Gianandrea Noseda is one of 2015's hot conductors, at least in Britain and continental Europe. Here he records some music that is little known outside his native Italy, and it's likely that outsiders will be happy to know about it and to learn more. Composer Niccolò Castiglioni came of age during the postwar, serialist reign of terror in Europe, but he was influenced by John Cage and then by the American minimalists. His music came out sounding like neither of those, instead exploring Baroque models in unusually deep ways. The three works here are entirely different in flavor, but each shows the use of techniques from the 18th century. The opening La Buranella, from 1990, is an orchestration and adaptation of movements from harpsichord sonatas by Baldassare Galuppi, all little bits of solo orchestral color. The mood is reminiscent of Lukas Foss' witty neo-Baroque pieces. Entirely different is the weighty choral Salmo XIX (Psalm 19), which is in an atonal idiom, but reflects the textures Haydn used to set a similar text ("The heavens are telling the glory of God..."). Altisonanza (1990-1992), with a piano in the ensemble, has sparse textures and rhythms that evoke, rather than imitate, the sarabande and other Baroque dances. All three pieces are entirely absorbing, and if you're looking for the successor to Respighi and Malipiero, Castiglioni may well be he. Noseda gets the necessary precision work out of the Danish National Symphony Orchestra and Danish National Concert Choir, and Chandos hits it out of the park with their engineering work in the Danish Radio Koncerthuset in Copenhagen.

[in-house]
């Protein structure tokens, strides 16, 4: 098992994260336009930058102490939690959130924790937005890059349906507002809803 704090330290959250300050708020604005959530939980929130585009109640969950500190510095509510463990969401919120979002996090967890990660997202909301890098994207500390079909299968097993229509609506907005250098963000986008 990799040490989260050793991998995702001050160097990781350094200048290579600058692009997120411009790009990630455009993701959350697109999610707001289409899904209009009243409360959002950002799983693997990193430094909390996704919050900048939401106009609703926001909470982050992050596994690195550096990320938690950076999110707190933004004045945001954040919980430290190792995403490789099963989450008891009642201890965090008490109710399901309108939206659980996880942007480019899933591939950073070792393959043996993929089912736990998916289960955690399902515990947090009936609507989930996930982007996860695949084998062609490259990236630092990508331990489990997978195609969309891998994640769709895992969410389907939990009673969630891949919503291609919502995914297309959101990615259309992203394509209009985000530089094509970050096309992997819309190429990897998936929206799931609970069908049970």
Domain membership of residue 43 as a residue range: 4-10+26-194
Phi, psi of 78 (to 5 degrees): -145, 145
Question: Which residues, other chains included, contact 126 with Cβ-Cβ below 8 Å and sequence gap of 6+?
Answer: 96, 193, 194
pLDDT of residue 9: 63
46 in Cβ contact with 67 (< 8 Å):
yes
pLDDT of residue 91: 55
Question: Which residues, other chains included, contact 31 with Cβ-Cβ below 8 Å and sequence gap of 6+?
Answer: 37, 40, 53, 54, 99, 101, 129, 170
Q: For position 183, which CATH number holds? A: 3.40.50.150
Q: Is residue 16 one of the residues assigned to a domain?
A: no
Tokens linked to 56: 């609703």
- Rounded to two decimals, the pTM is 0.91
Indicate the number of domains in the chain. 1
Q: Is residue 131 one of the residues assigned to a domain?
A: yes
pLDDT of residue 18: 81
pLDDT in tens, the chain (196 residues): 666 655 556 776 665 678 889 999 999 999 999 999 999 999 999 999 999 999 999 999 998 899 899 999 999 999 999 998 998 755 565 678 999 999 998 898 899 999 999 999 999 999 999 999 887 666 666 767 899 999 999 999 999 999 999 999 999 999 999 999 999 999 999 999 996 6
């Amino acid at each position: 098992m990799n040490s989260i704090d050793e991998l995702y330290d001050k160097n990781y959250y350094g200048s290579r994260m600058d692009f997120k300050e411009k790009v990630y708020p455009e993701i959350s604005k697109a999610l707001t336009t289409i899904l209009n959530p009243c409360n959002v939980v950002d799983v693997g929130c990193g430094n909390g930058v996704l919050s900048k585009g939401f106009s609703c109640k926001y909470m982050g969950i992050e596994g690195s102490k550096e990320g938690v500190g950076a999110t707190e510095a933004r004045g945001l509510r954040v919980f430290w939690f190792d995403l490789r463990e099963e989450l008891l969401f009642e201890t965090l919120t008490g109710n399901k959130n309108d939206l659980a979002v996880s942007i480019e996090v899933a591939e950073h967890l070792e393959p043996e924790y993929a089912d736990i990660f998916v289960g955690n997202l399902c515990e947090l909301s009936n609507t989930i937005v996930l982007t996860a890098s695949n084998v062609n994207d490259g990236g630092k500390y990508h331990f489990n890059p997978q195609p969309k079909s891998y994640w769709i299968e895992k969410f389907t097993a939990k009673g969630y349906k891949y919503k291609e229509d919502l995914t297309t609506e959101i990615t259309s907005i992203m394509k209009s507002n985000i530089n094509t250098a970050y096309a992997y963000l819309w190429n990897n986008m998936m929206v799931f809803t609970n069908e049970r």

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AllMusic Review by James Manheim
|La Buranella Suite for Orchestra after Sonatas for Harpsichord|
|Altisonanza for Orchestra|
2. Sarabanda. Quarter Note = 48. Sognando... - Quarter Note = 60 - Quarter Note = 40. Molto più lento - Quarter Note = 56
3. Perigordino. Quarter Note = 69 - Quarter Note = 58 - Quarter Note= 76 - Quarter Note = 63 - Eighth Note = 112. Fuga - Poco più lento - A tempo - Quarter Note = 60